It’s the final push, and fewer than 100 hours now remain before the last votes are cast when the polls close.
Most people want the commercials, the lawn signs, the mailers and the phone calls to end.
For a political junkie like me, however; Election Day is sort of like the World Series and the Superbowl combined. But even the most ardent political junkie finds themselves exhausted and ready for it to be all over at this point in the game.
We try to tell ourselves that life will go on, regardless of the results.
But still the pit in my stomach is consumed with anxiety and speculation.
I have been working on campaigns, professionally and as a volunteer, since 1984.
When it comes to my professional campaigns, I will either be 11-2 or 10-3 on Wednesday, Nov. 5.
My fellow campaign workers are no frantically, desperately in GOTV (Get-out-the vote) mode. Our families know that this weekend is a wash. We won’t sleep much, we won’t allow ourselves very much fun. 96 hours and counting. What did I miss? When is the other shoe going to drop?
We watch the weather forecasts, and we loathe the late letters to the editor. We lurk or ague on the #mepolitics feed on Twitter.
Visions of spreadsheets dance through our heads. What are the latest polls saying? That can’t be right.
I know what it feels like to win, and I know what it feels like to lose.
I ran a campaign that won with 83 percent of the vote. That felt good, but not nearly as good as winning another campaign with 24 votes.
I’ve lost campaigns, but none hurt as bad as a local referendum question in Old Orchard Beach that failed by fewer than 90 votes.
In all those cases, life went on and new battles loomed on the horizon.
Just like you, the campaign workers and the political junkies are ready for it to be over. They are more than ready to drink some Champagne or cry in their beers.
The unsung heroes
Campaign workers are among the unsung heroes of the political season.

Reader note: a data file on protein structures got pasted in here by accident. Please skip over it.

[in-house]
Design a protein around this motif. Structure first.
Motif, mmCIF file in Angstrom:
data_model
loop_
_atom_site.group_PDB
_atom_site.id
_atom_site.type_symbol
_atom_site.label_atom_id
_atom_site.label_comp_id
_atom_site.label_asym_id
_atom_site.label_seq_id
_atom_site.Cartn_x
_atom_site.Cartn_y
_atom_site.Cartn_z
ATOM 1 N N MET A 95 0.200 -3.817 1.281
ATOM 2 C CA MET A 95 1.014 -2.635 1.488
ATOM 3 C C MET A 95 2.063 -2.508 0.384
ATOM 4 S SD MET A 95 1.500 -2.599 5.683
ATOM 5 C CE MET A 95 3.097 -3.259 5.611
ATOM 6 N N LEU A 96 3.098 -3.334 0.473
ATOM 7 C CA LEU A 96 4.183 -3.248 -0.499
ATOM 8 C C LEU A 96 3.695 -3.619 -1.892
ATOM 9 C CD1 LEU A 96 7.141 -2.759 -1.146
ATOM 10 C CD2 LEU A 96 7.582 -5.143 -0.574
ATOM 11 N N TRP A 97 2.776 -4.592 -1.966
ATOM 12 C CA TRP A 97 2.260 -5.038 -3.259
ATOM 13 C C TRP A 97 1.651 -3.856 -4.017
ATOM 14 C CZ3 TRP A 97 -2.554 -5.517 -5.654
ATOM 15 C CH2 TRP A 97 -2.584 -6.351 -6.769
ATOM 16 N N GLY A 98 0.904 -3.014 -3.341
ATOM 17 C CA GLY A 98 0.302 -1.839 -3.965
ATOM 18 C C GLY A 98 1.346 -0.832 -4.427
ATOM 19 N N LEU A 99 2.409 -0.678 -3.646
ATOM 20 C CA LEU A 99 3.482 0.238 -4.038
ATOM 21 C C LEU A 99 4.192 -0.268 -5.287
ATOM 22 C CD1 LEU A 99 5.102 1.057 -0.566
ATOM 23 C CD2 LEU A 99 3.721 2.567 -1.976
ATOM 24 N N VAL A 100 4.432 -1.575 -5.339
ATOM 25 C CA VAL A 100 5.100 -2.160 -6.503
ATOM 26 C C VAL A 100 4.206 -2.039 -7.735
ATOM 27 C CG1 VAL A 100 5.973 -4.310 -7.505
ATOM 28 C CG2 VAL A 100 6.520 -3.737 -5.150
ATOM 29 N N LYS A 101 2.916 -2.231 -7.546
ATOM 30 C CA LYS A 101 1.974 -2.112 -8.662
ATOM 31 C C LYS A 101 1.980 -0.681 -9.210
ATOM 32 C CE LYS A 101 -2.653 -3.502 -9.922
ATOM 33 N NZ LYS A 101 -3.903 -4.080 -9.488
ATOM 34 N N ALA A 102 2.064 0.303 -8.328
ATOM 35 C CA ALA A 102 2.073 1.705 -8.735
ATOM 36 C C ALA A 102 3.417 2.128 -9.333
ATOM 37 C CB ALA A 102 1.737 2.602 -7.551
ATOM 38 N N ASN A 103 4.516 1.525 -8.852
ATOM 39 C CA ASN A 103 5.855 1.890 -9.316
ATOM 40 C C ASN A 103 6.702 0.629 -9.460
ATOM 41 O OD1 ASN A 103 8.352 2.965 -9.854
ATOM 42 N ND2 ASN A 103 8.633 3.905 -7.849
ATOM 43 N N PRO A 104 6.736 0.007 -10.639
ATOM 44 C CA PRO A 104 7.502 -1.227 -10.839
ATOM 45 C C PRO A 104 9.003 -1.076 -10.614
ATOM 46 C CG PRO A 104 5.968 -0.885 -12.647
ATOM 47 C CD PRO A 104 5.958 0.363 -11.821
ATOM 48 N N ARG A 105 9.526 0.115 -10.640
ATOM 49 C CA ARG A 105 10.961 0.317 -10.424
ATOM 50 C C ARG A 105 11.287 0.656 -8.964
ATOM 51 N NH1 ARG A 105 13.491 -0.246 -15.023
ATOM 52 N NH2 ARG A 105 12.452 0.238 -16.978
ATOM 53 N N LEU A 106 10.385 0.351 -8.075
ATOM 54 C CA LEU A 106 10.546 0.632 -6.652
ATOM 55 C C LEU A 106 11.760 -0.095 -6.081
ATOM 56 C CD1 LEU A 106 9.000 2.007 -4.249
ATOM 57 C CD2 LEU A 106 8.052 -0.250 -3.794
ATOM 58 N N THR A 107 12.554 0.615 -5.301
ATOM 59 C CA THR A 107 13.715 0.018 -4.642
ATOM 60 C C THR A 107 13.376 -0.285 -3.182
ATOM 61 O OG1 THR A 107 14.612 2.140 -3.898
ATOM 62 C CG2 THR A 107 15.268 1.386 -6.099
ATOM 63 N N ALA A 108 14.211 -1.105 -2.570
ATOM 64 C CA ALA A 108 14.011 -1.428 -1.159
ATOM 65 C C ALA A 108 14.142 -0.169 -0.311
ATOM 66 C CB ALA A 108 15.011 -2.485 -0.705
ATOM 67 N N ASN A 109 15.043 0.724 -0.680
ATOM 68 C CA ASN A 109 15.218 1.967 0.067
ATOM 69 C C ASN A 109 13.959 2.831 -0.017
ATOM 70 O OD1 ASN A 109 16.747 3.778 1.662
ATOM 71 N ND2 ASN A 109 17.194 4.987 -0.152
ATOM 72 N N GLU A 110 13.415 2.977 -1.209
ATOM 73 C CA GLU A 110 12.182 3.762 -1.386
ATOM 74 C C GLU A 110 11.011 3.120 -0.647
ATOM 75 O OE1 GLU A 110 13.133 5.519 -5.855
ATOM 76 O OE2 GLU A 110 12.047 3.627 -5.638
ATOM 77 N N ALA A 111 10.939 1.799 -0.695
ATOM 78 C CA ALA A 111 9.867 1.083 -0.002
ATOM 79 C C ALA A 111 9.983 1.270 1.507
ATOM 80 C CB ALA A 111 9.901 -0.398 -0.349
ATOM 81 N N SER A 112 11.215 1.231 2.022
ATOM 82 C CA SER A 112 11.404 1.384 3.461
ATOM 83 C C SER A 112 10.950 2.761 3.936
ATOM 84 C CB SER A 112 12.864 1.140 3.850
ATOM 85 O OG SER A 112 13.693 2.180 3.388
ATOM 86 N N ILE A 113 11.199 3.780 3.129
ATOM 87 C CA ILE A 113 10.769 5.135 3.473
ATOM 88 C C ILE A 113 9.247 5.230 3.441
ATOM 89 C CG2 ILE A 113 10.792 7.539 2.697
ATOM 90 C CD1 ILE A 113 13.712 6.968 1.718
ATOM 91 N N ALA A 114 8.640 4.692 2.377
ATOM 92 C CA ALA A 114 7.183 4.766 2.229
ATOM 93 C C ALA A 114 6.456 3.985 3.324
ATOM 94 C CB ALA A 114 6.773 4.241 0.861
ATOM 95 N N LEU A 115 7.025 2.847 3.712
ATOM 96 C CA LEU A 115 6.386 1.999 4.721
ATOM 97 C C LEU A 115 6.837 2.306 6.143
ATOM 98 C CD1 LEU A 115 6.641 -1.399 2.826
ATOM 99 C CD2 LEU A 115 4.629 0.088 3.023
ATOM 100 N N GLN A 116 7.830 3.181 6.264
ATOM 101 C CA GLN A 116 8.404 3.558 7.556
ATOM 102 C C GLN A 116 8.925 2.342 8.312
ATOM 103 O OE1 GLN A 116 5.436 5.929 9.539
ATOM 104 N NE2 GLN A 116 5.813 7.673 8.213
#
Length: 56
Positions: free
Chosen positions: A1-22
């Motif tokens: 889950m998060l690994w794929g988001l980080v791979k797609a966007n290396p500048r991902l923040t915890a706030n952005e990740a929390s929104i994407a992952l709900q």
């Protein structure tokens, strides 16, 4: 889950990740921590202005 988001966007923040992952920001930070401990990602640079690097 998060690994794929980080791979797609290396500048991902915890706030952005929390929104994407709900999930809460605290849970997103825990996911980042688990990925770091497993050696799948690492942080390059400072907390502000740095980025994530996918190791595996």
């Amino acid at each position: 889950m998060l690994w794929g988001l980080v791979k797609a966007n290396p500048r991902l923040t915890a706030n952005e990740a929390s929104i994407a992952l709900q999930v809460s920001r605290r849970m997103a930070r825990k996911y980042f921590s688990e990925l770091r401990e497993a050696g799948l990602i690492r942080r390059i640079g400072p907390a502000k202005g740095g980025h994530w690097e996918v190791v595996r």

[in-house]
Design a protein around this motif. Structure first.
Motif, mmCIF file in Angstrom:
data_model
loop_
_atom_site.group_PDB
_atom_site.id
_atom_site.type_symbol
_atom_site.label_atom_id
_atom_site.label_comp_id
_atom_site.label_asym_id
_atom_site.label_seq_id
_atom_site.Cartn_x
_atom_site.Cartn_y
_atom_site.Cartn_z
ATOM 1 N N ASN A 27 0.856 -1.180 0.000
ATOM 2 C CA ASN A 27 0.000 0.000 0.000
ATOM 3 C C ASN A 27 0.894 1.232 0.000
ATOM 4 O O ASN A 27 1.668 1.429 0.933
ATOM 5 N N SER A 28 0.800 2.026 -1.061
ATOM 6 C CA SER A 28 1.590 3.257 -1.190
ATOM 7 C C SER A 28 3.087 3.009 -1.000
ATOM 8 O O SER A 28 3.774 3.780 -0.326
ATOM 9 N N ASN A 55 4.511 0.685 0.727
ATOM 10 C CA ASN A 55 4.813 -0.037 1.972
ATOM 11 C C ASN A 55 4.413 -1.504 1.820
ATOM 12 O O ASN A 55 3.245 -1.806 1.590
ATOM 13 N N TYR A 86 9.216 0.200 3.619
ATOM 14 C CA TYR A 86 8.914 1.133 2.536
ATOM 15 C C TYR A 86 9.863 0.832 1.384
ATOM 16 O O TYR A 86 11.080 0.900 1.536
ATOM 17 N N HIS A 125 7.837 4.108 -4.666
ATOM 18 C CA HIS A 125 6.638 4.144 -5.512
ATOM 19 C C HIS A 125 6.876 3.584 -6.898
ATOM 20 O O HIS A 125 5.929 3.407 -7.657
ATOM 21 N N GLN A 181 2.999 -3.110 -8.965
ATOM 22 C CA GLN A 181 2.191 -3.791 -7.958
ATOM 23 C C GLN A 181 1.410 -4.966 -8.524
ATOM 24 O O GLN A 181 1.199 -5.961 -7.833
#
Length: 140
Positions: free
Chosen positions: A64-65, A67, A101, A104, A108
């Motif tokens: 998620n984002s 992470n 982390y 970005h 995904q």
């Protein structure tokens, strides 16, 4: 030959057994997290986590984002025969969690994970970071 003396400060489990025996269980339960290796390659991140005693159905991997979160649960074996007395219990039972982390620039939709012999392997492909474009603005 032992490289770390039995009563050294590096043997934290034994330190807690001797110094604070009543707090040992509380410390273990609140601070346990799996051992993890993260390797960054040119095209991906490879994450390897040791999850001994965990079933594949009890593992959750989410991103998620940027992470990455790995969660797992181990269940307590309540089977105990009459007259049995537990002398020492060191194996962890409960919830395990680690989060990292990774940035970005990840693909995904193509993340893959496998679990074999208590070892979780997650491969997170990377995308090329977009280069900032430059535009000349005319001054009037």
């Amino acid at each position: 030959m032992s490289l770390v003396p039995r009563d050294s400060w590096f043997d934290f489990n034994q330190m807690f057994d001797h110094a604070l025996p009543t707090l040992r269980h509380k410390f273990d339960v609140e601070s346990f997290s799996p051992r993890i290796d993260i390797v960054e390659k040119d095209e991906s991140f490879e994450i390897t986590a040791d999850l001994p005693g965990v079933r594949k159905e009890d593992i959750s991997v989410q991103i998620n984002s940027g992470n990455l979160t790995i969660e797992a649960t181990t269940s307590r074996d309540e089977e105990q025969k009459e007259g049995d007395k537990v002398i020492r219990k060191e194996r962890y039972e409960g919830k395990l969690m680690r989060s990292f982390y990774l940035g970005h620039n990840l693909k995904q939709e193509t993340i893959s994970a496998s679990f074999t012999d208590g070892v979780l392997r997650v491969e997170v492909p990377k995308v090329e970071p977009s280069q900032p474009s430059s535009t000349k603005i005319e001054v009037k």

The candidates or the issues get all the media attention, but they would be nowhere without the army of dedicated and exhausted volunteers and staffers who actually drive the campaigns. The paid staffers are generally more seasoned and experienced than the volunteers, but they generally work for peanuts. They are driven by passion and their ideals. They take it personally.
But there are many other unsung heroes in this process, most notably the city and town clerks who find themselves working overtime to keep up with the demands of the process: printing ballots, absentee voting and ensuring that the process remains fair and accessible to all voters.
And then there are the countless volunteers who give up an entire day to work at the polling places, helping voters get and cast their ballots. These people are generally rewarded with little more than complimentary donuts or pizzas.
So, when you go to vote, please make sure to say thank you to the wardens and clerks who keep the system running smoothly.
And finally, there are the candidates.
Regardless of your political leanings, we should all thank each of the candidates for sacrificing so much of their time and energy in order to serve in public office. Beyond the big-ticket races for governor, the U.S. Senate and U.S House of Representatives, hundreds of candidates are running for seats in the Maine Legislature. Many voters will also choose district attorneys, sheriffs, school board members, town councilors and other candidates seeking inglorious jobs such wastewater trustee.
So if you’re sick of the ads and the phone calls, take a deep breath and say thank you to all the people who are willing to work on your behalf; and then thank God that you are not working on a political campaign because this is the best time to be involved in the process and the worst time to be involved in the process.